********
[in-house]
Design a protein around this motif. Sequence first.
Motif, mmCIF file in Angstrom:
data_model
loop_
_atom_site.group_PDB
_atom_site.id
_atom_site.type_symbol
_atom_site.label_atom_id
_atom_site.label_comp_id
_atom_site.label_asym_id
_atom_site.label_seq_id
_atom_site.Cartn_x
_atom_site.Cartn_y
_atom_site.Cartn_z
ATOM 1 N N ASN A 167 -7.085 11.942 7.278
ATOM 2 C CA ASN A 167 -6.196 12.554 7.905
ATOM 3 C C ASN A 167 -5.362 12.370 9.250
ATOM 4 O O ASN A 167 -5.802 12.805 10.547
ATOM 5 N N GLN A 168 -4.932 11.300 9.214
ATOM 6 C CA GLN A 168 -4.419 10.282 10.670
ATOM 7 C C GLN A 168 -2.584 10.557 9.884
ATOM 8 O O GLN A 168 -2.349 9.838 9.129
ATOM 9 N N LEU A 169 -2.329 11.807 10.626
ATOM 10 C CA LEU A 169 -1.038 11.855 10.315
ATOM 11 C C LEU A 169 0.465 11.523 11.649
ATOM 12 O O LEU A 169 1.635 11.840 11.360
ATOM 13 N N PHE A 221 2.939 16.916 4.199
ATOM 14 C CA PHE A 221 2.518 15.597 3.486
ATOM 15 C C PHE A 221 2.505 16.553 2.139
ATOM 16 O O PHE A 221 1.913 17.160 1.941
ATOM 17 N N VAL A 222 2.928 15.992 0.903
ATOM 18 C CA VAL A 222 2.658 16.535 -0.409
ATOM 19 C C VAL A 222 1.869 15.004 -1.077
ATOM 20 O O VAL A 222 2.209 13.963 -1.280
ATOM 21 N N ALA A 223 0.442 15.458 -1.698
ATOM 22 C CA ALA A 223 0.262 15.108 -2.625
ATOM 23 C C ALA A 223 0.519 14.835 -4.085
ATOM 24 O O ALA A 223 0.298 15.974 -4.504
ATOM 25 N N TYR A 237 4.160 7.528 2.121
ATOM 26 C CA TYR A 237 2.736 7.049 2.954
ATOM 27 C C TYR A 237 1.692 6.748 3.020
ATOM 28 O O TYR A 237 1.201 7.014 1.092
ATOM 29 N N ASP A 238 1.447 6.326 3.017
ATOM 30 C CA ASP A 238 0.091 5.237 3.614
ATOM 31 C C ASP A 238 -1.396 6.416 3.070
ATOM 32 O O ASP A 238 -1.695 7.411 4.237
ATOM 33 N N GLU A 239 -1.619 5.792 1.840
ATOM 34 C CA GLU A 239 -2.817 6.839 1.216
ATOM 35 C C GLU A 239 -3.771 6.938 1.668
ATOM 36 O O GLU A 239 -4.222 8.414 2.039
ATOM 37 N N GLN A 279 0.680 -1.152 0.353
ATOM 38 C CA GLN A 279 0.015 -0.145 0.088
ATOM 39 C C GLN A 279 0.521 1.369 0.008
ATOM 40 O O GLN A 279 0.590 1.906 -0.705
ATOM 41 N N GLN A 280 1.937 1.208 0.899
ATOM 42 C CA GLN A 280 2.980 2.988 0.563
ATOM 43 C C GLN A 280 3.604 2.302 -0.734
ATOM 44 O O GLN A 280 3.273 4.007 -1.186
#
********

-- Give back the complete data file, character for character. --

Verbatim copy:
[in-house]
Design a protein around this motif. Sequence first.
Motif, mmCIF file in Angstrom:
data_model
loop_
_atom_site.group_PDB
_atom_site.id
_atom_site.type_symbol
_atom_site.label_atom_id
_atom_site.label_comp_id
_atom_site.label_asym_id
_atom_site.label_seq_id
_atom_site.Cartn_x
_atom_site.Cartn_y
_atom_site.Cartn_z
ATOM 1 N N ASN A 167 -7.085 11.942 7.278
ATOM 2 C CA ASN A 167 -6.196 12.554 7.905
ATOM 3 C C ASN A 167 -5.362 12.370 9.250
ATOM 4 O O ASN A 167 -5.802 12.805 10.547
ATOM 5 N N GLN A 168 -4.932 11.300 9.214
ATOM 6 C CA GLN A 168 -4.419 10.282 10.670
ATOM 7 C C GLN A 168 -2.584 10.557 9.884
ATOM 8 O O GLN A 168 -2.349 9.838 9.129
ATOM 9 N N LEU A 169 -2.329 11.807 10.626
ATOM 10 C CA LEU A 169 -1.038 11.855 10.315
ATOM 11 C C LEU A 169 0.465 11.523 11.649
ATOM 12 O O LEU A 169 1.635 11.840 11.360
ATOM 13 N N PHE A 221 2.939 16.916 4.199
ATOM 14 C CA PHE A 221 2.518 15.597 3.486
ATOM 15 C C PHE A 221 2.505 16.553 2.139
ATOM 16 O O PHE A 221 1.913 17.160 1.941
ATOM 17 N N VAL A 222 2.928 15.992 0.903
ATOM 18 C CA VAL A 222 2.658 16.535 -0.409
ATOM 19 C C VAL A 222 1.869 15.004 -1.077
ATOM 20 O O VAL A 222 2.209 13.963 -1.280
ATOM 21 N N ALA A 223 0.442 15.458 -1.698
ATOM 22 C CA ALA A 223 0.262 15.108 -2.625
ATOM 23 C C ALA A 223 0.519 14.835 -4.085
ATOM 24 O O ALA A 223 0.298 15.974 -4.504
ATOM 25 N N TYR A 237 4.160 7.528 2.121
ATOM 26 C CA TYR A 237 2.736 7.049 2.954
ATOM 27 C C TYR A 237 1.692 6.748 3.020
ATOM 28 O O TYR A 237 1.201 7.014 1.092
ATOM 29 N N ASP A 238 1.447 6.326 3.017
ATOM 30 C CA ASP A 238 0.091 5.237 3.614
ATOM 31 C C ASP A 238 -1.396 6.416 3.070
ATOM 32 O O ASP A 238 -1.695 7.411 4.237
ATOM 33 N N GLU A 239 -1.619 5.792 1.840
ATOM 34 C CA GLU A 239 -2.817 6.839 1.216
ATOM 35 C C GLU A 239 -3.771 6.938 1.668
ATOM 36 O O GLU A 239 -4.222 8.414 2.039
ATOM 37 N N GLN A 279 0.680 -1.152 0.353
ATOM 38 C CA GLN A 279 0.015 -0.145 0.088
ATOM 39 C C GLN A 279 0.521 1.369 0.008
ATOM 40 O O GLN A 279 0.590 1.906 -0.705
ATOM 41 N N GLN A 280 1.937 1.208 0.899
ATOM 42 C CA GLN A 280 2.980 2.988 0.563
ATOM 43 C C GLN A 280 3.604 2.302 -0.734
ATOM 44 O O GLN A 280 3.273 4.007 -1.186
#